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Trade policy for the multiple product declining industry


  • Catherine L. Mann


Increasing returns to scale and scope in production technology combined with product substitutability in demand yields an environment where free trade may not maximize domestic country welfare. If not, there is an optimal tax on imports that depends on the cross-elasticity of demand between the products in the spectrum and on the degree of economies of scale and scope in technology. However, even if protection may be warranted in the short run, the long run solution is consistent with the theory of comparative advantage.

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  • Catherine L. Mann, 1985. "Trade policy for the multiple product declining industry," International Finance Discussion Papers 259, Board of Governors of the Federal Reserve System (U.S.).
  • Handle: RePEc:fip:fedgif:259

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    References listed on IDEAS

    1. Barbara J. Spencer & James A. Brander, 1983. "International R & D Rivalry and Industrial Strategy," Review of Economic Studies, Oxford University Press, vol. 50(4), pages 707-722.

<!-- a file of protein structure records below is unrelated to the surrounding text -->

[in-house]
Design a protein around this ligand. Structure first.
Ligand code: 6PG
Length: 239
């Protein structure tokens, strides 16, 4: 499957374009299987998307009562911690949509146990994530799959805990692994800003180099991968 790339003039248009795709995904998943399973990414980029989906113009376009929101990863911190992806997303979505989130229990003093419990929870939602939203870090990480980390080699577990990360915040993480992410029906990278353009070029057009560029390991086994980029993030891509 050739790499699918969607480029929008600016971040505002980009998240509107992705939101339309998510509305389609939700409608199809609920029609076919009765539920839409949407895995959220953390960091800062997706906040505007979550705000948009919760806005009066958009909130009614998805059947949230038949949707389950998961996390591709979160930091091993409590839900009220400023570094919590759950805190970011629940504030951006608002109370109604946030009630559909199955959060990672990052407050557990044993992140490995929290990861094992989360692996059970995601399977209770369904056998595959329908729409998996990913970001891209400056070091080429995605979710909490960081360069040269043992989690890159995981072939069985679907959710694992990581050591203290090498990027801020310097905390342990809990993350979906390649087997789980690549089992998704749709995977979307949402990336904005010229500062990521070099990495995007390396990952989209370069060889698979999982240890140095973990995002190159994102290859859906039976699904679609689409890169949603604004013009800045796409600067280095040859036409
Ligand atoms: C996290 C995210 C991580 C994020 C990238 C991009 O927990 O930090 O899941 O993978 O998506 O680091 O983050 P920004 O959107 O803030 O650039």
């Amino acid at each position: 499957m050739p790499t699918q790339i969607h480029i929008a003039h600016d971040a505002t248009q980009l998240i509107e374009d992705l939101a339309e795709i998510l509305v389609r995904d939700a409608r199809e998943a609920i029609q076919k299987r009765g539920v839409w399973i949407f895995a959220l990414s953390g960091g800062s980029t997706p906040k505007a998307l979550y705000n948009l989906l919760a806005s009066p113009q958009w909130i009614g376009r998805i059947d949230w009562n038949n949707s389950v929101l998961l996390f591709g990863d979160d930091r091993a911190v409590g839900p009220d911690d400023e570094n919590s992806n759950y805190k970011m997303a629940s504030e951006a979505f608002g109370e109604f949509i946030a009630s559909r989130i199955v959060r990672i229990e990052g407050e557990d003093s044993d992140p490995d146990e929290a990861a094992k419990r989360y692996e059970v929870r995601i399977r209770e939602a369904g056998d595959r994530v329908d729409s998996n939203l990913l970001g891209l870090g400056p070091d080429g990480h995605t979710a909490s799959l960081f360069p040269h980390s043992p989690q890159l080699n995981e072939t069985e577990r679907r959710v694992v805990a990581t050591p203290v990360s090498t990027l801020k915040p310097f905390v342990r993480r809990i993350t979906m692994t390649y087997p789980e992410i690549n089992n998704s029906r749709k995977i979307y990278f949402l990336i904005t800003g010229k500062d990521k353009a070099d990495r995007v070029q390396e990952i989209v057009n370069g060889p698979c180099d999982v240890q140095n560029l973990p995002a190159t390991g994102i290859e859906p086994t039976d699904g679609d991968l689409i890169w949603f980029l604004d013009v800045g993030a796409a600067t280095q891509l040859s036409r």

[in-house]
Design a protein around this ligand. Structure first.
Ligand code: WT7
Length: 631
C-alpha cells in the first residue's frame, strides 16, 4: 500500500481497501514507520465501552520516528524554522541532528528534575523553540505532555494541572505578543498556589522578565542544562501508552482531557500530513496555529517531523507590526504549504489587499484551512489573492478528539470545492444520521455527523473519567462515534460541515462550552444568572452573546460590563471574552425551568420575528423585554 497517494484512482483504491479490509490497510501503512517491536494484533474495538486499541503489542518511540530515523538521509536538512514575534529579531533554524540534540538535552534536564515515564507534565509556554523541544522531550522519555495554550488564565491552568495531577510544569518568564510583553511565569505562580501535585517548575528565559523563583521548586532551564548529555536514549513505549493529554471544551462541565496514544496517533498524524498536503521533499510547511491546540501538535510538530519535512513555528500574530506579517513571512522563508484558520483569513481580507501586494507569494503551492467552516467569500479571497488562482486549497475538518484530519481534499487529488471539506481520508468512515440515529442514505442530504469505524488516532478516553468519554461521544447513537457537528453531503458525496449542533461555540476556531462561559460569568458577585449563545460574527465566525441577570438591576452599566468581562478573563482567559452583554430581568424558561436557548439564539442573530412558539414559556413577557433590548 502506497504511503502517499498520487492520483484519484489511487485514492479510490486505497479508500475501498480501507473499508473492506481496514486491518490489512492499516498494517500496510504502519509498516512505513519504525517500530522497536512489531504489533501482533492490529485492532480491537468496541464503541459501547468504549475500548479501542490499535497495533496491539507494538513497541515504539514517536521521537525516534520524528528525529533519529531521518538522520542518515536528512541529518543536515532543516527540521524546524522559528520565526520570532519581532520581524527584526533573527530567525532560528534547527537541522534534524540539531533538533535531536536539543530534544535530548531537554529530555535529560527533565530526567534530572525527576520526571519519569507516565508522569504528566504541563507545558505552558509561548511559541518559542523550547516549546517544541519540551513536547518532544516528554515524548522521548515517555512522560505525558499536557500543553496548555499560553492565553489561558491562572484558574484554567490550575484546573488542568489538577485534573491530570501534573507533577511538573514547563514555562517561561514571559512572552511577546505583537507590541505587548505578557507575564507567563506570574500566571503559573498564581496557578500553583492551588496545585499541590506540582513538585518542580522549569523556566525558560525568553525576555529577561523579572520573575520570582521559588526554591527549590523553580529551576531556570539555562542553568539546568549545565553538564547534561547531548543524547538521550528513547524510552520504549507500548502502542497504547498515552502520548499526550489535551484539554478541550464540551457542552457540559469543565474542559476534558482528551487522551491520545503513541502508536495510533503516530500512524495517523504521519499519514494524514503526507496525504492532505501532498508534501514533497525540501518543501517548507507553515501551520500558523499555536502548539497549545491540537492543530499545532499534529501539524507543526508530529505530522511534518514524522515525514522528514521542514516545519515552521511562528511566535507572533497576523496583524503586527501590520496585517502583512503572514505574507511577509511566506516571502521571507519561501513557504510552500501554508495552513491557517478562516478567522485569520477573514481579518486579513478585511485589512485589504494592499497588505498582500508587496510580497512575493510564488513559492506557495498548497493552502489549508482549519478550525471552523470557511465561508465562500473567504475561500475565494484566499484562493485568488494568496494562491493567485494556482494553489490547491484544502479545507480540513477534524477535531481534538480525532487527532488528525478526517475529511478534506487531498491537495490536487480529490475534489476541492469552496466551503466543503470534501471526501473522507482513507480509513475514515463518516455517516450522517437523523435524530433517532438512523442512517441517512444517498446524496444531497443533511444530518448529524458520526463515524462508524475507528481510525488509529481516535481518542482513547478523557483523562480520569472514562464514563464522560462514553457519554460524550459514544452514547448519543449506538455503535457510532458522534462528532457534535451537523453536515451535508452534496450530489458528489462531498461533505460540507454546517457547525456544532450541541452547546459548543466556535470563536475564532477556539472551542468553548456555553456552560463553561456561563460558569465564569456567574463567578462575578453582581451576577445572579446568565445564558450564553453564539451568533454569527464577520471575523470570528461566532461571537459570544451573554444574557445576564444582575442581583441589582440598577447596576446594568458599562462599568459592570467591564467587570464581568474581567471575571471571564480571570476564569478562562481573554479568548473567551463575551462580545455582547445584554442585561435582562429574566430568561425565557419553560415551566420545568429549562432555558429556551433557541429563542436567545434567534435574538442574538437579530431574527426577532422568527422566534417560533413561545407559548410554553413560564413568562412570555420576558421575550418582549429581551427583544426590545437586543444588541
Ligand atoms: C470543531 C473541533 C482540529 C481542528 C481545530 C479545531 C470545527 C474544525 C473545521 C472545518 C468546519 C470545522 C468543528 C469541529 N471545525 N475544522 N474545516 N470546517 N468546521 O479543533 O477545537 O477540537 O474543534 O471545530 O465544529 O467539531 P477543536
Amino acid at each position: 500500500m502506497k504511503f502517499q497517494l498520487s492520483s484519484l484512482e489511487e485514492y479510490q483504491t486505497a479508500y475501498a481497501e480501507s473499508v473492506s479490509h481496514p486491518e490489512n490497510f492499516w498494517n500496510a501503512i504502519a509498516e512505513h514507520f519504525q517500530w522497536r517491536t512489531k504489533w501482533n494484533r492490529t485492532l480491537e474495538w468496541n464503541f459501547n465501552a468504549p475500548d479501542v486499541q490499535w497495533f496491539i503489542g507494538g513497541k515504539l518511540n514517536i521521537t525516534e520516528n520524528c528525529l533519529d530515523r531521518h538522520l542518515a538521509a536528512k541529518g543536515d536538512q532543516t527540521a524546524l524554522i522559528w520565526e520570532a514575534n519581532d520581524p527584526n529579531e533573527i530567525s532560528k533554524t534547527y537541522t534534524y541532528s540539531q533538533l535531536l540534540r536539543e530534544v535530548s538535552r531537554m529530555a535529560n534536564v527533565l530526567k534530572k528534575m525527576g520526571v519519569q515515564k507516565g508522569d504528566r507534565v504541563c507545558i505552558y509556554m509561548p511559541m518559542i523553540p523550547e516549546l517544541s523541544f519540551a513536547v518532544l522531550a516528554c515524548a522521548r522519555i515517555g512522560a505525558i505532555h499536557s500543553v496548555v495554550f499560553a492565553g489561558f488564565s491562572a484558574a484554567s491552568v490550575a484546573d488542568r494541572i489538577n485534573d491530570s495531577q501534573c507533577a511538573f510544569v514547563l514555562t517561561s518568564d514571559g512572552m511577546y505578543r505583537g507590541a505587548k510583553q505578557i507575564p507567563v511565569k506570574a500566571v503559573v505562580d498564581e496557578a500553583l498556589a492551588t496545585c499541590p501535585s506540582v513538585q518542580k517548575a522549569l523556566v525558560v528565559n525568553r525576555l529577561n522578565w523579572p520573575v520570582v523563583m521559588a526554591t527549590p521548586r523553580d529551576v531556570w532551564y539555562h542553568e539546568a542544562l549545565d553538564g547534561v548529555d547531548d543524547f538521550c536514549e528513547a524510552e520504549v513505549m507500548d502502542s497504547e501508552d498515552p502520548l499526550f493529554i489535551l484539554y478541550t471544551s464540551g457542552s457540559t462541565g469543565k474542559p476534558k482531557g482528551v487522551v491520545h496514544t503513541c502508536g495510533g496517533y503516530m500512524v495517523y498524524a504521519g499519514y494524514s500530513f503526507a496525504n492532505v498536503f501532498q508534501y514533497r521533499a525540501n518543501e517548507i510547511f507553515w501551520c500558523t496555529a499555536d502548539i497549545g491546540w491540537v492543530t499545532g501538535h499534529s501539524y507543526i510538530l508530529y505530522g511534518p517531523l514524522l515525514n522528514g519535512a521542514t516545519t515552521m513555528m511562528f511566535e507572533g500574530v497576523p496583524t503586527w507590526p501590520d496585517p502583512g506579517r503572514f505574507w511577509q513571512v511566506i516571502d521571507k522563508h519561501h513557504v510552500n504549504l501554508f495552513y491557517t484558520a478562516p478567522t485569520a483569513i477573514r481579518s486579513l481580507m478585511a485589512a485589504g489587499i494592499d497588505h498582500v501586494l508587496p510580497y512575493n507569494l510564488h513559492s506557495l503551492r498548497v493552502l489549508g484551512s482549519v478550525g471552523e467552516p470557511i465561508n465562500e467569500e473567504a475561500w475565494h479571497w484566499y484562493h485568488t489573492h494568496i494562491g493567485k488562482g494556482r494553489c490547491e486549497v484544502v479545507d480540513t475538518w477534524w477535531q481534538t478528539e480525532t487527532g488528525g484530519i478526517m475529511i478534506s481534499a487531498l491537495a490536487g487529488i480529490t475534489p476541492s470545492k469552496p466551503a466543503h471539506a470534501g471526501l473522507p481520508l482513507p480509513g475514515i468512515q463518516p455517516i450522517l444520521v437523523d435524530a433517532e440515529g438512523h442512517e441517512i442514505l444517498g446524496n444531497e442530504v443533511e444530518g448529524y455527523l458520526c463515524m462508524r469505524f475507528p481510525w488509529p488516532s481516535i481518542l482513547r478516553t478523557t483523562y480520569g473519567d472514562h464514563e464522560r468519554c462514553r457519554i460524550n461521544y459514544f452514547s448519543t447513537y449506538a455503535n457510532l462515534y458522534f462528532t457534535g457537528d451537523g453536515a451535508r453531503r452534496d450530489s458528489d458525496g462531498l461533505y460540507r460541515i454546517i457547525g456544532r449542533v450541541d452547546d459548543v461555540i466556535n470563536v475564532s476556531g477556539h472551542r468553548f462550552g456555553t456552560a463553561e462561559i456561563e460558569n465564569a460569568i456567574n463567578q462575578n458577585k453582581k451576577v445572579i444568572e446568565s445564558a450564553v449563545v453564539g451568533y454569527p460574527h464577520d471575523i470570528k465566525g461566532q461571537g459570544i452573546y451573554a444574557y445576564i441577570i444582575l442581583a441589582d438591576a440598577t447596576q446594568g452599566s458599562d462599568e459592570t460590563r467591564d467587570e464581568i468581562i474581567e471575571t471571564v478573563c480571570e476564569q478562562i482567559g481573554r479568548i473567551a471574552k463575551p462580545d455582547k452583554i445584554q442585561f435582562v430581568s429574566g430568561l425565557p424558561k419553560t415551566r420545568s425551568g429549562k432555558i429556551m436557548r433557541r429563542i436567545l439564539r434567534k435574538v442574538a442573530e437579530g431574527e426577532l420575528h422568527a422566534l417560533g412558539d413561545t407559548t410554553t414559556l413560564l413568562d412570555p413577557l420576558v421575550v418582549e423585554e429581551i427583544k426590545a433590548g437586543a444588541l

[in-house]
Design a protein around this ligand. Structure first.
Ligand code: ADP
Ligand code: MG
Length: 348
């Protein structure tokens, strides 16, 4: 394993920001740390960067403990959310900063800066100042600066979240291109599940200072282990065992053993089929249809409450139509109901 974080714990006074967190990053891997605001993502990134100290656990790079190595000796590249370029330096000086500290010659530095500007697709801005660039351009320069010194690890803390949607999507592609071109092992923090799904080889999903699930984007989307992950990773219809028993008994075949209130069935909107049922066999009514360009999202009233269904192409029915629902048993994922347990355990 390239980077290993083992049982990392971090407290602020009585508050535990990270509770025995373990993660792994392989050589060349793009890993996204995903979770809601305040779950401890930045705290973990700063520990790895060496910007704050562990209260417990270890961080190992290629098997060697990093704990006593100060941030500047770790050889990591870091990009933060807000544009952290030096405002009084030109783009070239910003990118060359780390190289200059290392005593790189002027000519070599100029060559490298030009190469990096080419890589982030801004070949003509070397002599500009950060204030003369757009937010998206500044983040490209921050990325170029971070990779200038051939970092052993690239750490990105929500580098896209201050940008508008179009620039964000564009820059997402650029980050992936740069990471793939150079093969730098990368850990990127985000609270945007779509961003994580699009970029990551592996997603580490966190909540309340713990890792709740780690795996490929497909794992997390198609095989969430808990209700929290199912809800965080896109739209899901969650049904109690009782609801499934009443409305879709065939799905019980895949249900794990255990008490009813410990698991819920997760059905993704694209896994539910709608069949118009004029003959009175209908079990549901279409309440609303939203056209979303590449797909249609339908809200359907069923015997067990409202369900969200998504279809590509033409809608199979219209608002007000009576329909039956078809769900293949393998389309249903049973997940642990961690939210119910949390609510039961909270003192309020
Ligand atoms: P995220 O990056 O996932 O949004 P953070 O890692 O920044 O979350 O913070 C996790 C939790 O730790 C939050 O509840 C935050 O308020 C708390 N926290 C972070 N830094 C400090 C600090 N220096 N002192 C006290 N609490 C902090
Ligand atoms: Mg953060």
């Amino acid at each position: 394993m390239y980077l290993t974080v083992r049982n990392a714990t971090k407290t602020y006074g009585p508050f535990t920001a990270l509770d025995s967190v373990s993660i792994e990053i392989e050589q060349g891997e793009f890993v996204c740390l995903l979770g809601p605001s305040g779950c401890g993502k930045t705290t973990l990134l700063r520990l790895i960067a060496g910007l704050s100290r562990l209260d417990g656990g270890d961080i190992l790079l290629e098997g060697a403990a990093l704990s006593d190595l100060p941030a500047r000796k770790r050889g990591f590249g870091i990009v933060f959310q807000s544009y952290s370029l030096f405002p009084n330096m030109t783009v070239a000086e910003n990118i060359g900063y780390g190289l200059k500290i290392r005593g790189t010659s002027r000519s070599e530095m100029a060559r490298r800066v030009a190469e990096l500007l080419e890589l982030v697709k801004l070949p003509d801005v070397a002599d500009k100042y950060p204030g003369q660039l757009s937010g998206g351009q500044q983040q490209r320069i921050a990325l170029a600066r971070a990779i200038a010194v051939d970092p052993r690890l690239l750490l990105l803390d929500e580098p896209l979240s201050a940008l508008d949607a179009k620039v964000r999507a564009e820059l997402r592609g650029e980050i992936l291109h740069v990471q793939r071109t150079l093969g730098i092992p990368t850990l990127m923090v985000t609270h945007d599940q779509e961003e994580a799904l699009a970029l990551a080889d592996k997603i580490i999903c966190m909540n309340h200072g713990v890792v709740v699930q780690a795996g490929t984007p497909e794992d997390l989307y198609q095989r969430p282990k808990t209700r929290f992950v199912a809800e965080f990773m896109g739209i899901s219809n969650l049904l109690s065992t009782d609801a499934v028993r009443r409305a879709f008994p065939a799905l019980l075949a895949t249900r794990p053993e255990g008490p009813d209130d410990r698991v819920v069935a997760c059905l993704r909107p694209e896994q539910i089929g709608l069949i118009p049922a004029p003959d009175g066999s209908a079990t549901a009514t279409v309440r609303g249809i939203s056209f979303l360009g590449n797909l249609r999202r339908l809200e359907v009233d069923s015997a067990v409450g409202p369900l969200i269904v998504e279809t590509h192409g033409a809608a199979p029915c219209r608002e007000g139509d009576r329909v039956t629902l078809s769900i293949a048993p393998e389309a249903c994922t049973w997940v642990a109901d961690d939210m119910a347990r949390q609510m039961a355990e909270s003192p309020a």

2. Steven C. Salop, 1979. "Monopolistic Competition with Outside Goods," Bell Journal of Economics, The RAND Corporation, vol. 10(1), pages 141-156, Spring.
    3. Baumol, William J & Bradford, David F, 1970. "Optimal Departures from Marginal Cost Pricing," American Economic Review, American Economic Association, vol. 60(3), pages 265-283, June.
    4. Brander, James A. & Spencer, Barbara J., 1985. "Export subsidies and international market share rivalry," Journal of International Economics, Elsevier, vol. 18(1-2), pages 83-100, February.
    5. Baumol, William J & Bailey, Elizabeth E & Willig, Robert D, 1977. "Weak Invisible Hand Theorems on the Sustainability of Multiproduct Natural Monopoly," American Economic Review, American Economic Association, vol. 67(3), pages 350-365, June.
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